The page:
Israeli forces withdrew from the courtyard of Al-Aqsa Mosque in occupied East Jerusalem on Monday after a 4-hour raid into the site, in which more than 278 Palestinian worshippers were injured.
According to Anadolu Agency correspondent, Israeli police reopened the Al-Aqsa Mosque gates shortly after their withdrawal from the site amid chants from jubilant Palestinians.
Israel police stormed the flashpoint compound early Monday and attacked Palestinians who were on guard to prevent raids by extremist Jews.
Thousands of Palestinians staged protests inside the Al-Aqsa Mosque complex, located in the Old City of Jerusalem, after performing the dawn prayers there. The Palestinians then stayed there to guard the mosque against raids by extremist Jews.
Setting up barricades at some points of Haram al-Sharif, the main building of Al-Aqsa, they chanted slogans for the mosque and said they would not leave there.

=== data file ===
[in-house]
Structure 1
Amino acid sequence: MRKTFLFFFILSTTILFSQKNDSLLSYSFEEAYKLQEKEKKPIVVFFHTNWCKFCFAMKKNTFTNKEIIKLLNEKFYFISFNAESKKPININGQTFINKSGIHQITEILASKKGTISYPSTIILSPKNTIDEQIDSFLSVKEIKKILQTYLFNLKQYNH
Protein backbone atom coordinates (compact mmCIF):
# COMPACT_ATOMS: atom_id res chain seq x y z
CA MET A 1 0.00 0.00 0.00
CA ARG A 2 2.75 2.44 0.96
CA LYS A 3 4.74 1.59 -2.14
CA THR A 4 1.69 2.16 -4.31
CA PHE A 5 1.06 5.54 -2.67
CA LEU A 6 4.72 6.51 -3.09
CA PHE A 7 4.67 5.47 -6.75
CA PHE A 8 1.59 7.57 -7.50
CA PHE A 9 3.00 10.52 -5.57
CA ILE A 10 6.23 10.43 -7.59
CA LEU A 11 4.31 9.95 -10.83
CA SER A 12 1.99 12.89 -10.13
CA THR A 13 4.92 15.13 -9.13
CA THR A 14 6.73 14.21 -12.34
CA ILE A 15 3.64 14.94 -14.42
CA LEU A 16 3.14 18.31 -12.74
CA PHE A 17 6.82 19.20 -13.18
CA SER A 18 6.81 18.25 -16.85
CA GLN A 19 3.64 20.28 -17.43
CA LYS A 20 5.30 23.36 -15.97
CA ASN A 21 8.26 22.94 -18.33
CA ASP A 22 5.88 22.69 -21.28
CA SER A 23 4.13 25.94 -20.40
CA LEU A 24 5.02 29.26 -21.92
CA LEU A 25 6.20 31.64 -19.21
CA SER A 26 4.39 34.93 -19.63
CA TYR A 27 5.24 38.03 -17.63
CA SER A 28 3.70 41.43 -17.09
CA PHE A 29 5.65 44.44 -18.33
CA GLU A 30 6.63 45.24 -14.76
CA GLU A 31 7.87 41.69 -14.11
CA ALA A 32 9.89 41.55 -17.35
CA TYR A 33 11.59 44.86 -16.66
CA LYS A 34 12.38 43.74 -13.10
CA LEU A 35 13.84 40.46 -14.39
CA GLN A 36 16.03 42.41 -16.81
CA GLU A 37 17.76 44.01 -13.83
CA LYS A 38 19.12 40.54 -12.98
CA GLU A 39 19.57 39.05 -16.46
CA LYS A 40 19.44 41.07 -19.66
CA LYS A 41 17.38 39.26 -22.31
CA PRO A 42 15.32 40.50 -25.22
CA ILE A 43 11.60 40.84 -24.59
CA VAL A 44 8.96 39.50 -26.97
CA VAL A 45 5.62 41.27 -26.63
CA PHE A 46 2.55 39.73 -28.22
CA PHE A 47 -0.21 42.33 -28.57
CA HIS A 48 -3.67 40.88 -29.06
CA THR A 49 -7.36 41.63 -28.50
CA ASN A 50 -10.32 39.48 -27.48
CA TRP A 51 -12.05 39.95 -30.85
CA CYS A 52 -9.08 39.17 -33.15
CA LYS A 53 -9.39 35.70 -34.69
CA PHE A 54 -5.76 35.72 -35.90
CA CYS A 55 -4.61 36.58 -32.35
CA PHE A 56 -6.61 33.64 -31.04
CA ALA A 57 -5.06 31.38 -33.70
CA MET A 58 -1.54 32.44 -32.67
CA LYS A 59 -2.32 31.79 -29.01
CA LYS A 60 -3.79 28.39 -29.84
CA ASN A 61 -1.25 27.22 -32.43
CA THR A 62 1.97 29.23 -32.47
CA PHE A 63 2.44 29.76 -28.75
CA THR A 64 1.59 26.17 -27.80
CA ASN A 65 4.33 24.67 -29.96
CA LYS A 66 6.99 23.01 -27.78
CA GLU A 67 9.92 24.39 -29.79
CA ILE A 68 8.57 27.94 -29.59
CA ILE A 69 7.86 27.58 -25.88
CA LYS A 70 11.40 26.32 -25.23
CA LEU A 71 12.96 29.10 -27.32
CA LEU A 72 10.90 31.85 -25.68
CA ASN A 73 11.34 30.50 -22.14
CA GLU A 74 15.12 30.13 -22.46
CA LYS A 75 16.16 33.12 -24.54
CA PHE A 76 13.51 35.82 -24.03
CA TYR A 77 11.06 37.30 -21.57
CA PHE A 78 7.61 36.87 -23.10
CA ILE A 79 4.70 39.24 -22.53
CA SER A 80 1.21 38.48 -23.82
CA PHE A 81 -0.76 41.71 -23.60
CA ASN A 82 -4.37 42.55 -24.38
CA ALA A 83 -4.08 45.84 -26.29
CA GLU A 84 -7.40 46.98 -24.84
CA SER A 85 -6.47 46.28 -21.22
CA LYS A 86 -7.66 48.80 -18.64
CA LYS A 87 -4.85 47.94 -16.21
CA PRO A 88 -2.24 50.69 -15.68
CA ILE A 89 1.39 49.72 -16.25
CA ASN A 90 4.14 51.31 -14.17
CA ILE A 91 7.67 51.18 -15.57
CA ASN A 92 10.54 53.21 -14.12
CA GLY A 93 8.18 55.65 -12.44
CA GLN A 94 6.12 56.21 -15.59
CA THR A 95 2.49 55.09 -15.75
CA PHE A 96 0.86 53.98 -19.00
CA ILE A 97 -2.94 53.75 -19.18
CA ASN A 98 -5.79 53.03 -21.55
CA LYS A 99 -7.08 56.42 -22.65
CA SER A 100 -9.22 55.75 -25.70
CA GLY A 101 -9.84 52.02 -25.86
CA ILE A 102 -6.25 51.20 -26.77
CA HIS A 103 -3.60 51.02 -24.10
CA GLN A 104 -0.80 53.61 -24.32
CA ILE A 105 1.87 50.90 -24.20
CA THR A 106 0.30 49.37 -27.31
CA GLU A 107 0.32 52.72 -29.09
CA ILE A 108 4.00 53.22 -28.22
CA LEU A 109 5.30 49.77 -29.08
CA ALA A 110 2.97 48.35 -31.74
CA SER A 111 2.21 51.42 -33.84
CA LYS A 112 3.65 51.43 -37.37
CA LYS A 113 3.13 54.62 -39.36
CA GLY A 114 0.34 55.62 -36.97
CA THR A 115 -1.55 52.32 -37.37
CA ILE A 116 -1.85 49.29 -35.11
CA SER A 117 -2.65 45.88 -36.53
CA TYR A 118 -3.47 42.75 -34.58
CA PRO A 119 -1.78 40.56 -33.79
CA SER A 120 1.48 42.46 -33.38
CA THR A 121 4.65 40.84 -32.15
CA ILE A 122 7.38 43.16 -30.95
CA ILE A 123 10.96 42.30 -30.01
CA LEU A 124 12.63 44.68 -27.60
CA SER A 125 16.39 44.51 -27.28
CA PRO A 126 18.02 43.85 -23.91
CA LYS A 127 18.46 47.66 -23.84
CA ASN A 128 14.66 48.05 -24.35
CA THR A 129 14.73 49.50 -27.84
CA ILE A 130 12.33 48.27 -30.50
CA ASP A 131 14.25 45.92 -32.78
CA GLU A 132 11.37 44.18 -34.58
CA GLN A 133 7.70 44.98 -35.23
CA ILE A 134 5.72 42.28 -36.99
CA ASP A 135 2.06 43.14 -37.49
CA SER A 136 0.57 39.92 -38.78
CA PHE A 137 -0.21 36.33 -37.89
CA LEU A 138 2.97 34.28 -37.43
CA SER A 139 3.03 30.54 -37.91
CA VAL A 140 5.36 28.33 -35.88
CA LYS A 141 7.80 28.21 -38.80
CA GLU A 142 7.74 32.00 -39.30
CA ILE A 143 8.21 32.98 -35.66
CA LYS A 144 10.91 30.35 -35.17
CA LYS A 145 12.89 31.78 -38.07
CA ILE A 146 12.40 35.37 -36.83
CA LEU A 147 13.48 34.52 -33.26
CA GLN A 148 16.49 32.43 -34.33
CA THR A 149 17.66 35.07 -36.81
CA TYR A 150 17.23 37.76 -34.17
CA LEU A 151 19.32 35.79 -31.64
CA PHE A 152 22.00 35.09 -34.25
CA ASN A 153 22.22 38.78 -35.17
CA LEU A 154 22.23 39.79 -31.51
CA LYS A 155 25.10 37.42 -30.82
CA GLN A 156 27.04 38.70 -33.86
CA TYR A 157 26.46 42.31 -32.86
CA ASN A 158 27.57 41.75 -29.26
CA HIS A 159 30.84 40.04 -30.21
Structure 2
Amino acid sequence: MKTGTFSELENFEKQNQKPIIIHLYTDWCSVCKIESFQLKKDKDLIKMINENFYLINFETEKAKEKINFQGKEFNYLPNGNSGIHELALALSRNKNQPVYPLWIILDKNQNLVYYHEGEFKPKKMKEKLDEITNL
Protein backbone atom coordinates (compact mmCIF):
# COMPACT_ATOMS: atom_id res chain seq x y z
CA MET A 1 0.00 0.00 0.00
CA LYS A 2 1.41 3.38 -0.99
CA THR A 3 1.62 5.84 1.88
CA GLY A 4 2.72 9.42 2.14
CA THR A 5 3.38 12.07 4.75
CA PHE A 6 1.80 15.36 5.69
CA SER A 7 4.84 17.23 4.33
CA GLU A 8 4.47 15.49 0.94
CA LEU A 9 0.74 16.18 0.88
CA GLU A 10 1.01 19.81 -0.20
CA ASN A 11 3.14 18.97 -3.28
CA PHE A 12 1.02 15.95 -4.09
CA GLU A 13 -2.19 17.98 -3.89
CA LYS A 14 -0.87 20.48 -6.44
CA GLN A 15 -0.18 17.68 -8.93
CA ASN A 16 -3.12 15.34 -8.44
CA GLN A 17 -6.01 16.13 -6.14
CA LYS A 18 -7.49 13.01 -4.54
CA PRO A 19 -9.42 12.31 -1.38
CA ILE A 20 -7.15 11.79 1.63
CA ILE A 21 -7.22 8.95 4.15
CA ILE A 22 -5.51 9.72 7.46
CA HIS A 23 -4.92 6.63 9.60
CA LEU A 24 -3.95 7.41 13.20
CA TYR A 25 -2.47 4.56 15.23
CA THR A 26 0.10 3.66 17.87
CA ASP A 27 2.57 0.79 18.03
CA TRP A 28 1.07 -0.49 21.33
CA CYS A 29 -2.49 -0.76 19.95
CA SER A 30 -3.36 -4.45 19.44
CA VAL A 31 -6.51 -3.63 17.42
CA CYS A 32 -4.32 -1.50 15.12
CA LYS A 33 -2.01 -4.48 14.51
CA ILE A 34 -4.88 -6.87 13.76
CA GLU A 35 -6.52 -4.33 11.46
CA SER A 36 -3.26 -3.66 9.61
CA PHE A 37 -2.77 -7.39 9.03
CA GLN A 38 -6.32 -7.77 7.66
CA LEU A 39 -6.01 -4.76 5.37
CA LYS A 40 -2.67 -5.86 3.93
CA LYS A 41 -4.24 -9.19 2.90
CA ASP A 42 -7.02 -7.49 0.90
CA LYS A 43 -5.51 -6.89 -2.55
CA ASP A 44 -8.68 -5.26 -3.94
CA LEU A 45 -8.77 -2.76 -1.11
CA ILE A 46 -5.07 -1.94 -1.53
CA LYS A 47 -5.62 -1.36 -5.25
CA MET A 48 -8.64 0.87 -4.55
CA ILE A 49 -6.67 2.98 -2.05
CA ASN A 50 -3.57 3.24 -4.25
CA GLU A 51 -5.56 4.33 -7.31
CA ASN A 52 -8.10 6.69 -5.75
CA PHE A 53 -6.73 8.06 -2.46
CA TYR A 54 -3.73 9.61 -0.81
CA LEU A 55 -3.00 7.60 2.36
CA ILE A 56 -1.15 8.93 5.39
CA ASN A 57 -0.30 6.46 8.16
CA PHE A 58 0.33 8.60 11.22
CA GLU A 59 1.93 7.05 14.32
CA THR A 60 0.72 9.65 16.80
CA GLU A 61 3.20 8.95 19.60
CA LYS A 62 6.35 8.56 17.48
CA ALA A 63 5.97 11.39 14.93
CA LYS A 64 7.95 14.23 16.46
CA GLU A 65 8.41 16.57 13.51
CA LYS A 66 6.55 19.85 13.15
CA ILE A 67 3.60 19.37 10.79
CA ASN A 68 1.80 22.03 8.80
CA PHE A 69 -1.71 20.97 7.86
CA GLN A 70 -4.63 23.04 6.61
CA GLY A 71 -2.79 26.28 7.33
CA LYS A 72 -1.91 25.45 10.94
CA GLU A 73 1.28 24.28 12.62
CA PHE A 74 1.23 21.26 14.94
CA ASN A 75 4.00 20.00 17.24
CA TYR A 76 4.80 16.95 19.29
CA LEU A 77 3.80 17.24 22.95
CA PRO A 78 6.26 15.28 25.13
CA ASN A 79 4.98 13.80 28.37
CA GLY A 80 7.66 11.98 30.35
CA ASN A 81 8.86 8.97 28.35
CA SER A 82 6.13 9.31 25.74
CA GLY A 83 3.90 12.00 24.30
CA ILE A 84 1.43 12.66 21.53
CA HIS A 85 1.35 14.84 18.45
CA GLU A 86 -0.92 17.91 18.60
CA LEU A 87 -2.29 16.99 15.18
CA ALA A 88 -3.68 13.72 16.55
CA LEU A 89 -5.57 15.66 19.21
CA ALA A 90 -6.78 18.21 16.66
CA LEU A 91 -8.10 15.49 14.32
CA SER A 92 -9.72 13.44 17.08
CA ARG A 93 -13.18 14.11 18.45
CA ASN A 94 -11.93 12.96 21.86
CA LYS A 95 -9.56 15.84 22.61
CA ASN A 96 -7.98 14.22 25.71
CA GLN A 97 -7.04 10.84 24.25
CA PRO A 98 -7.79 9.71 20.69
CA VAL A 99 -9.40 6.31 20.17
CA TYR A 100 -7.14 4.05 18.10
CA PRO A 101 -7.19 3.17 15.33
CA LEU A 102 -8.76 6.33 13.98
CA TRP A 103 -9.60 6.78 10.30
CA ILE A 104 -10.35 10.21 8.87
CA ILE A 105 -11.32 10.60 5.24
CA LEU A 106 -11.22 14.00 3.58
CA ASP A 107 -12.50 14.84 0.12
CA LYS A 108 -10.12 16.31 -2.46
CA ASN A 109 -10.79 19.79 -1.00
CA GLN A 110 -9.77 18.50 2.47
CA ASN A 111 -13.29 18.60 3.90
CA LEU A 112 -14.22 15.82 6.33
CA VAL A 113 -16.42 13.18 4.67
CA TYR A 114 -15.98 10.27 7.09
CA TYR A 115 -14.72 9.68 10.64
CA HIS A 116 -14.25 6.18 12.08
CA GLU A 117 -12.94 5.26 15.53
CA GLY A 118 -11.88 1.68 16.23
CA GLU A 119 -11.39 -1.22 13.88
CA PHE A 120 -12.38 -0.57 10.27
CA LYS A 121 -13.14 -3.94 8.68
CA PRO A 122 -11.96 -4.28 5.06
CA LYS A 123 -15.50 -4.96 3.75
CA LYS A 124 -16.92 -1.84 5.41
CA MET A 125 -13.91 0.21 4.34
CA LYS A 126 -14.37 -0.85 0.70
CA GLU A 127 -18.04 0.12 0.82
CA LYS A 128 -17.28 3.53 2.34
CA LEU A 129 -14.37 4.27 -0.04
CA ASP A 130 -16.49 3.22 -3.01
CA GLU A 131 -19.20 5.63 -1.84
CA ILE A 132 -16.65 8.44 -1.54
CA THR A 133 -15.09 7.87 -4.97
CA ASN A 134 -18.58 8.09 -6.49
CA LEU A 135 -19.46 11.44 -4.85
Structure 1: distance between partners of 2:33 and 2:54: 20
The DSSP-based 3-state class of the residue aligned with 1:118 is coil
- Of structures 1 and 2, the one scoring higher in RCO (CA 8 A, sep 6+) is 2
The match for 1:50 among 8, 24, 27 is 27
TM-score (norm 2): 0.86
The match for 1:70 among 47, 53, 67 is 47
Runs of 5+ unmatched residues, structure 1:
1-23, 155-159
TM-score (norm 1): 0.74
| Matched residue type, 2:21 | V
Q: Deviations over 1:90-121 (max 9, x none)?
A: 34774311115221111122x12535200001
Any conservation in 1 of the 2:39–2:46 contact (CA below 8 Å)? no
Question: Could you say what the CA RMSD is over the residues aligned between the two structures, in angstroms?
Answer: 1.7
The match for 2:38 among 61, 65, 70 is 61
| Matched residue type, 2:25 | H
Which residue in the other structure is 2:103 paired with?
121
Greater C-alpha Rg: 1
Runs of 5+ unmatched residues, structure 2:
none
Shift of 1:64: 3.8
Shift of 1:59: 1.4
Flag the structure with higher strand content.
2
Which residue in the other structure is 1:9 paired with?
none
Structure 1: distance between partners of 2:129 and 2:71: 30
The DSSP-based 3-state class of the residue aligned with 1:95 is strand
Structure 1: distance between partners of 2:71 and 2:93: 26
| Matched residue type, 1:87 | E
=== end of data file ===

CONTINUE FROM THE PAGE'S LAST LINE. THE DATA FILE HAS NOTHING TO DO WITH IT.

Israeli police then raided the mosque and used tear gas, rubber bullets and stun grenades in clashes with the Palestinians, who responded by throwing stones.
Extremist Jews have called for storming Al-Aqsa Mosque compound on Monday to celebrate the anniversary of the Six-Day War in 1967, when Israel occupied East Jerusalem, as "Jerusalem Day" according to the Hebrew calendar.
Extremist Jewish organizations had called for raids on Al-Aqsa Mosque on Sunday and Monday to mark the day.
Al-Aqsa Mosque is the world's third-holiest site for Muslims. Jews call the area the "Temple Mount," claiming it was the site of two Jewish temples in ancient times.
Israel occupied East Jerusalem, where Al-Aqsa is located, during the 1967 Arab-Israeli war. It annexed the entire city in 1980, in a move never recognized by the international community.
Ahmed Asmar contributed to this report from Ankara